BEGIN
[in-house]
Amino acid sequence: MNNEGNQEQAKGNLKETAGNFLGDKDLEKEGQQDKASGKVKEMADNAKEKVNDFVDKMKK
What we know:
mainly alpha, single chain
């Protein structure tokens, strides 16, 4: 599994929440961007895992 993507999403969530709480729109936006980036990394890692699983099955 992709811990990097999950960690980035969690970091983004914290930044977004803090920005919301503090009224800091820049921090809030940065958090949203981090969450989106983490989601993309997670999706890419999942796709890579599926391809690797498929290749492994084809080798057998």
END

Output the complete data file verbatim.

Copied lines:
[in-house]
Amino acid sequence: MNNEGNQEQAKGNLKETAGNFLGDKDLEKEGQQDKASGKVKEMADNAKEKVNDFVDKMKK
What we know:
mainly alpha, single chain
């Protein structure tokens, strides 16, 4: 599994929440961007895992 993507999403969530709480729109936006980036990394890692699983099955 992709811990990097999950960690980035969690970091983004914290930044977004803090920005919301503090009224800091820049921090809030940065958090949203981090969450989106983490989601993309997670999706890419999942796709890579599926391809690797498929290749492994084809080798057998």